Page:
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Rural dump closures and tipping fees raise concern from small communities

The government has said the measures are a cost-cutting necessity
A bulldozer levels piles of garbage at the Whitehorse landfill in January 2012. (Ian Stewart/Yukon News file)

Closures of certain community dumps and raised fees on others is drawing ire from some in rural Yukon.

“We just want communication about what’s going on,” said Collin Gray, who relies on the Silver City dump to dispose of waste. “Like, why are you doing this? Why are you charging? They’re saying it’s too expensive to operate. Well, one truck coming out of Whitehorse to pick up the garbage is a lot better than 30 or 50 people driving an extra half an hour or an hour to go out there.”

Gray said he is concerned that the closure, planned for April 2021, of the Silver City dump will result in more illegal dumping in the area. He said the closure will also mean an increased risk of human-wildlife conflict, garbage burning and wildfires.

“We live with the largest population of grizzly bears in the world. So, none of it makes any sense to us,” he said.

In 2018, the government said it was considering the changes as a cost-saving measure.

The landfills in Braeburn, Silver City, Keno and Johnson’s Crossing are set to shut down when Regional Agreements are signed with the closest municipalities. New tipping fees are being implemented based on fees at the nearest municipality.

The government said inconsistent fees resulted in “dump shopping” and municipal taxpayers contributing more to growing waste management costs.

Fines for illegal dumping will increase from $200 to up to $10,000.

The changes were endorsed by the Association of Yukon Communities.

“Yukon’s current solid waste management system is not financially or environmentally sustainable and it is time to do some of the heavy lifting,” said Community Services Minister John Streicker in 2019. “Together with our municipal partners, we are moving towards a user pay, regional waste management system, which will level the playing field and ensure that all Yukoners pay a similar cost to dispose of their waste.”

Since then, the fees have begun to be imposed and a number of rural residents said they are frustrated with the situation.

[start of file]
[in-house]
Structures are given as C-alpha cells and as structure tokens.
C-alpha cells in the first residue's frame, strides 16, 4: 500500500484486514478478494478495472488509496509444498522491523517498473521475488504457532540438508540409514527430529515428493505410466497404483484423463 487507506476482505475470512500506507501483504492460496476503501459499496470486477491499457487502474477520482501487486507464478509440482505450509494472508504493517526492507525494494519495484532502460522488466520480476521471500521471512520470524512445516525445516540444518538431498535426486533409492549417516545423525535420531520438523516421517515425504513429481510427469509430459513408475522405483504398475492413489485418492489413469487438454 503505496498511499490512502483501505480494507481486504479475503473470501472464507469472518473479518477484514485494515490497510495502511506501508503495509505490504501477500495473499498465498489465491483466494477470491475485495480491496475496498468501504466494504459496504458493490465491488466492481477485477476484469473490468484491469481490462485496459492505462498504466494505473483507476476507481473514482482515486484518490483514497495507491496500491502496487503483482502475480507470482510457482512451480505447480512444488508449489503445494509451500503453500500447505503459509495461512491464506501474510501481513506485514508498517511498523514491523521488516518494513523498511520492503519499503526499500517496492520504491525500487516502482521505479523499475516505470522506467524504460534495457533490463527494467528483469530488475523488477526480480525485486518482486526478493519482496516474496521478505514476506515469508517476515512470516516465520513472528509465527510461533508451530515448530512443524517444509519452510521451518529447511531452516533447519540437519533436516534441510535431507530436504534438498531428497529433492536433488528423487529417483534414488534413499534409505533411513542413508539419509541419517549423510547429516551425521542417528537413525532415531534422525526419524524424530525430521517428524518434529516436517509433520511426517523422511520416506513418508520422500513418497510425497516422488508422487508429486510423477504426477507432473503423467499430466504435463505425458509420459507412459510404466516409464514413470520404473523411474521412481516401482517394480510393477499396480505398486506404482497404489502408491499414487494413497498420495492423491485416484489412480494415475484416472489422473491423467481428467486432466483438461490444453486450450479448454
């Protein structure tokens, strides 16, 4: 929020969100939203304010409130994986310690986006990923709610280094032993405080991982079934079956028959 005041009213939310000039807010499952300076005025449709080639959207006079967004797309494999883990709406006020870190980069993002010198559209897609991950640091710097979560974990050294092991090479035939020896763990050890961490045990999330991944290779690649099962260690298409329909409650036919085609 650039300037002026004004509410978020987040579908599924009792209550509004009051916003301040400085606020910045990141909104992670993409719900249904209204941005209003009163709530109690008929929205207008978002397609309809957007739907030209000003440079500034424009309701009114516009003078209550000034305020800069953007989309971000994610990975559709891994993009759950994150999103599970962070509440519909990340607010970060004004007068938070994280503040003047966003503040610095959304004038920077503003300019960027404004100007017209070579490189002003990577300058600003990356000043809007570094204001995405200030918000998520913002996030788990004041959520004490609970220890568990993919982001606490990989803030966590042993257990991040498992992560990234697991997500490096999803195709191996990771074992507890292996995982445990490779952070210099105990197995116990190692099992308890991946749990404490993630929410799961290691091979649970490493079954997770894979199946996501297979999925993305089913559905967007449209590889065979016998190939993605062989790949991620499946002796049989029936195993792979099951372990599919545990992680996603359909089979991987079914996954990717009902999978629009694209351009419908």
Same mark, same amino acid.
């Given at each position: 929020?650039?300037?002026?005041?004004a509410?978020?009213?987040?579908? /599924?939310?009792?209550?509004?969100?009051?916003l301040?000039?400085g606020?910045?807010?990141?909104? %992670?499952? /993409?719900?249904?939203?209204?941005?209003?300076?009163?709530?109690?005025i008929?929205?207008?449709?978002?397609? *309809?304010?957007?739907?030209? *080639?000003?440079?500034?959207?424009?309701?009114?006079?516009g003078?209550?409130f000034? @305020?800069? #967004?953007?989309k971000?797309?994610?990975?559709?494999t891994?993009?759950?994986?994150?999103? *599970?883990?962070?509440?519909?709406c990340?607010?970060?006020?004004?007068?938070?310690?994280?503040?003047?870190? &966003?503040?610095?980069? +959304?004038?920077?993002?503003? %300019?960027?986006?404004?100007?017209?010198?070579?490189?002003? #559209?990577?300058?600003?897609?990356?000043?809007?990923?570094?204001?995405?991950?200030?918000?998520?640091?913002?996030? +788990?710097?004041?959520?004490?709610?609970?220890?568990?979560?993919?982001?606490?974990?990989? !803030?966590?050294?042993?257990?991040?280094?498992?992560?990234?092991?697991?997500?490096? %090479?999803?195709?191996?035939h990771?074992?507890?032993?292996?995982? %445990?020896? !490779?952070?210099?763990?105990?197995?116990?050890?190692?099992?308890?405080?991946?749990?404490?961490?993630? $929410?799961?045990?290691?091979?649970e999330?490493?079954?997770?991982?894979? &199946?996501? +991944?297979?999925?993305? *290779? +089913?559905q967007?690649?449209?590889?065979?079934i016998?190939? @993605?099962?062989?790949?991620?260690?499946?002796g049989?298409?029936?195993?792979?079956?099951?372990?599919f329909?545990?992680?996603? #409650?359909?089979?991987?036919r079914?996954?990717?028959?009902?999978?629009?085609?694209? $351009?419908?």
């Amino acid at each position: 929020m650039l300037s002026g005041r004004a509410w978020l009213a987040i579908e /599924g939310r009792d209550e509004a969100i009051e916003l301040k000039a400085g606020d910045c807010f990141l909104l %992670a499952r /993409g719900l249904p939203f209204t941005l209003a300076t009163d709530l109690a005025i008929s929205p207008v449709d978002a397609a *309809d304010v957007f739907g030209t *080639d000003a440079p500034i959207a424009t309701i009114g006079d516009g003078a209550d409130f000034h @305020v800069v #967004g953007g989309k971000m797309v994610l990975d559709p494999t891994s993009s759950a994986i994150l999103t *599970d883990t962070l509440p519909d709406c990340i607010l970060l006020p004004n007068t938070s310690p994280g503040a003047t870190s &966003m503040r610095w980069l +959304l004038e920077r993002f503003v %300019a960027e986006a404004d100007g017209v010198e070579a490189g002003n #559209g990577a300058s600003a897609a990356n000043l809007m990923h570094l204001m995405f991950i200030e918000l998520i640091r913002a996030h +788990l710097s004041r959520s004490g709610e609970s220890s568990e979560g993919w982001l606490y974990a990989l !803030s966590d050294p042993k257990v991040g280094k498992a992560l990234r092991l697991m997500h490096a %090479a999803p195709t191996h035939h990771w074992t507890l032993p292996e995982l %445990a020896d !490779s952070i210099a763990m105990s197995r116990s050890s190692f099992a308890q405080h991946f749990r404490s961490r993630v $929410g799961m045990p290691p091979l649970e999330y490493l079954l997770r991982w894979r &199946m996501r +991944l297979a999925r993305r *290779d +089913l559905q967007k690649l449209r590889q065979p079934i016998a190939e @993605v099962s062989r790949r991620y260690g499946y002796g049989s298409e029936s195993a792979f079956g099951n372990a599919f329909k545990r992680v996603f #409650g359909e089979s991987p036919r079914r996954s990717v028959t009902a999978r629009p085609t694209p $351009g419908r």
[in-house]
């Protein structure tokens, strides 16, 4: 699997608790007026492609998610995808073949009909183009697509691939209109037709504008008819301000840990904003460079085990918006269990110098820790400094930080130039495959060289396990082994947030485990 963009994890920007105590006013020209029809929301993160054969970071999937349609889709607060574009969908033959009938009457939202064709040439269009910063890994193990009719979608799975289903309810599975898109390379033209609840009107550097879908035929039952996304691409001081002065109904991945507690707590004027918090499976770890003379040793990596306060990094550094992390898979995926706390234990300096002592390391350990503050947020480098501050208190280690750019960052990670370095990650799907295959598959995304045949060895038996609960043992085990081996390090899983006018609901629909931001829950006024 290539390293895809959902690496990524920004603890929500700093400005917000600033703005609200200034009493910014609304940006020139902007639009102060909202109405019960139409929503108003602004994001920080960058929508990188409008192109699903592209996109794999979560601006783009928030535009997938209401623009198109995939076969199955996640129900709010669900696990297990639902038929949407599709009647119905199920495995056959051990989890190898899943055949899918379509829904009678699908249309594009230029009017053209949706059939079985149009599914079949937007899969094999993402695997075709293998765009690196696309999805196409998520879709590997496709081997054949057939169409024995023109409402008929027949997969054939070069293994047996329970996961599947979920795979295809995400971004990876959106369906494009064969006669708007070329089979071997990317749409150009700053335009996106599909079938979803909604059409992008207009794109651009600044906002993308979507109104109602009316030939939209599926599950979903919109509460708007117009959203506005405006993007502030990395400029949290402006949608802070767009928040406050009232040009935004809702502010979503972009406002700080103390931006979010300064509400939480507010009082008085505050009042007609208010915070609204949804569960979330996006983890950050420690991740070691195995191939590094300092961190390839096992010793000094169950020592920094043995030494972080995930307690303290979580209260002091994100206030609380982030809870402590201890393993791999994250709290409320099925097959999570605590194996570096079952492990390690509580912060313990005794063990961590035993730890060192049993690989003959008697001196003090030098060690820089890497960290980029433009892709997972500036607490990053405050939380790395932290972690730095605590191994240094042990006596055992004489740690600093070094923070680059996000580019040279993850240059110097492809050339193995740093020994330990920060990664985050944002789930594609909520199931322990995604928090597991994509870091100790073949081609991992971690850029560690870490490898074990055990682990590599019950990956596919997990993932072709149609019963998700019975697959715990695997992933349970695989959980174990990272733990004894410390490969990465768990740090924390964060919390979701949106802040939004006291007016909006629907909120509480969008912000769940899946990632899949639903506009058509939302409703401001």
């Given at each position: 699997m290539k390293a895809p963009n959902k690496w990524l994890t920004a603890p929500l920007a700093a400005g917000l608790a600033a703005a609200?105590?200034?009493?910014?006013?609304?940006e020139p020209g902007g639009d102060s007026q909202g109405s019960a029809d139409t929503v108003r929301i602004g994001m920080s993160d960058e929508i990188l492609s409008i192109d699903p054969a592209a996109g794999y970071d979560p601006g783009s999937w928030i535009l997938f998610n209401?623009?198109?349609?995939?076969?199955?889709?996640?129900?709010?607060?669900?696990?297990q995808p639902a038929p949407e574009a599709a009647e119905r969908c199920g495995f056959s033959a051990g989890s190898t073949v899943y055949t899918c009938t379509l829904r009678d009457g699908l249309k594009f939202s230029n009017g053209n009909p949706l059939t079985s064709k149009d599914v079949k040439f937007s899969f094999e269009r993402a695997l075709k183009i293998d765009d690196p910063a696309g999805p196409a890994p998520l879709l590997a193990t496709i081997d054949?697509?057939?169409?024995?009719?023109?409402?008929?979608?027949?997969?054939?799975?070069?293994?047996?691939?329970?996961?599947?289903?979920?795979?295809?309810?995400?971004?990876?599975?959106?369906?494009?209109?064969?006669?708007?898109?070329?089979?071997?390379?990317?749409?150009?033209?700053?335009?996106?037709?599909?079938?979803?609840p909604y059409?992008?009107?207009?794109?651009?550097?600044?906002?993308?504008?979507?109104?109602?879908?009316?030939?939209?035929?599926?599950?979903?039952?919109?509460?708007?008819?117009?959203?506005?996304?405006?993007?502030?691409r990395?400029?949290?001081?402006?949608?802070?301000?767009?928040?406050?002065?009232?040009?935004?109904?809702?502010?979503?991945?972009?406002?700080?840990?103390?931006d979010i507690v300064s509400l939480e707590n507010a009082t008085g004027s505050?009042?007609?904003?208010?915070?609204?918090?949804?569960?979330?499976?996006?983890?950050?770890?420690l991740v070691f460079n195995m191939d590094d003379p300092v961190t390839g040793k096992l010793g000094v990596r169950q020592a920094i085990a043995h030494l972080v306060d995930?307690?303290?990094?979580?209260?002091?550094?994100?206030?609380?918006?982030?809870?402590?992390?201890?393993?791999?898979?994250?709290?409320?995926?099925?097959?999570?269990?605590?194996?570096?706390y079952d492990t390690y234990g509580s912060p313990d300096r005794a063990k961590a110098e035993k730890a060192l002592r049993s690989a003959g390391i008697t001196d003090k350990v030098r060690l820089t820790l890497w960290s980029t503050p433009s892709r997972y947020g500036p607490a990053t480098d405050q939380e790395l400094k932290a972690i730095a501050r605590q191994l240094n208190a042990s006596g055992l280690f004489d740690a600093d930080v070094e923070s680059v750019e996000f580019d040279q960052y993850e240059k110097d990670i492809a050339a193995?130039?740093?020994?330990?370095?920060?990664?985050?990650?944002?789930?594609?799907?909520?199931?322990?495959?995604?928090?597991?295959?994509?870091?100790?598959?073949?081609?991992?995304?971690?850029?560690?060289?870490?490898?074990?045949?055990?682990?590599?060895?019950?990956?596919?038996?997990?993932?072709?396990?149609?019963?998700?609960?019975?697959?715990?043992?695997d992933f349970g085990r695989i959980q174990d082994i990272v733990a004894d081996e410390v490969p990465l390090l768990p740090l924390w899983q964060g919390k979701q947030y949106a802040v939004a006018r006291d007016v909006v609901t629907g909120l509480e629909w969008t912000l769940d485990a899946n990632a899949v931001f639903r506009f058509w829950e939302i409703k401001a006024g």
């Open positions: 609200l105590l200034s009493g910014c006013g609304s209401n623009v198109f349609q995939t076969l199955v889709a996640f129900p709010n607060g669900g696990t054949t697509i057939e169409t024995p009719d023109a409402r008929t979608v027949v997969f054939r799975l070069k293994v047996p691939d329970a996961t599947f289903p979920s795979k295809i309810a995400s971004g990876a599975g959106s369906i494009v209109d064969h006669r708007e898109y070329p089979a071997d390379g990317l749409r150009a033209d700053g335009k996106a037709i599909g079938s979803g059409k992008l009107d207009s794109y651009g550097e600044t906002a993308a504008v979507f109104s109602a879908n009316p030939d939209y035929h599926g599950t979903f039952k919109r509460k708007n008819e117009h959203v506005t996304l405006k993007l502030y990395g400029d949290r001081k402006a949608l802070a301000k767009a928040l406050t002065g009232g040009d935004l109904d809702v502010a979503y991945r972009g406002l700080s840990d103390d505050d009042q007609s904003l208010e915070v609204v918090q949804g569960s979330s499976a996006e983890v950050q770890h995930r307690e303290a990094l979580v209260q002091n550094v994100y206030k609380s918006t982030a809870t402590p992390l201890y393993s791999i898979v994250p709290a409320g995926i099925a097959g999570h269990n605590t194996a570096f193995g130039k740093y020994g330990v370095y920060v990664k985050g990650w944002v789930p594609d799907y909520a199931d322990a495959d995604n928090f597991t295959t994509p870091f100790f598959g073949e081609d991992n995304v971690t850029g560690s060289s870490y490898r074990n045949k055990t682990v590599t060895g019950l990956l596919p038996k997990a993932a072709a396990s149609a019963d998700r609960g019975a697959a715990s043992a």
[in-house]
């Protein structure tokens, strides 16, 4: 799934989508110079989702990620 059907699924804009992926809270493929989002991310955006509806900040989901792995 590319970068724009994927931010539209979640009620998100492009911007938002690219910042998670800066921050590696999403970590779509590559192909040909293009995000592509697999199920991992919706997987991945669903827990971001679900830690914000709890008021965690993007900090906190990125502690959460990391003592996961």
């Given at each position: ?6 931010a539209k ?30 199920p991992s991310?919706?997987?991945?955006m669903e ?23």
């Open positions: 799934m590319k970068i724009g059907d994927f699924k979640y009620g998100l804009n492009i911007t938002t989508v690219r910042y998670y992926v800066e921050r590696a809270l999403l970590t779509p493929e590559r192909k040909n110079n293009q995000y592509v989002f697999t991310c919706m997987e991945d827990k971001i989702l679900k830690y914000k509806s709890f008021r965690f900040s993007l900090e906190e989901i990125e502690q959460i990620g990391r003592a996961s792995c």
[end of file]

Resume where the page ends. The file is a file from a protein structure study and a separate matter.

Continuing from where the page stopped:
Gray has started a petition asking the Silver City landfill to stay open and has collected 70 signatures as of April 8.

The issue was brought up in the spring legislature by Kluane MLA Wade Ischenko.

“A number of concerns were raised around our local dumps and transfer stations. Tipping fees have been implemented on rural users to complement — you know, of course, there are already higher taxes,” he sad. “[The Silver City dump] needs to stay there.”

Last month the Keno City Residents’ Council sent a letter to the leaders of all three parties, echoing the MLA’s concerns about rural dumps and demanding that unincorporated municipalities are heard in decision-making.

“We learned [three] years ago that the transfer station was slated for future closure, despite our best efforts to open a dialogue and to present data and information contrary to those put forward by YG. We believe that YG staff have cherry-picked the statistics to justify the decision,” reads the letter.

Like Gray, the council believes that the government underestimated the amount of people who use the dump, including tourists, campers, miners and hunters.

The letter also points out that seniors will now need to travel 120 kilometres round-trip to dispose of garbage, and the more frequent trips will burn more fossil fuels.

Following the letter, Amber Smith, a member of the council, said the Yukon Government has offered to purchase up to 40 waste and recycling bins for the town, along with a trailer to haul the waste to Mayo, but no budget has been proposed for a contractor to handle the job.

“We’re hopeful that our transfer station will remain with a minority Liberal government,” she said.

Contact Haley Ritchie at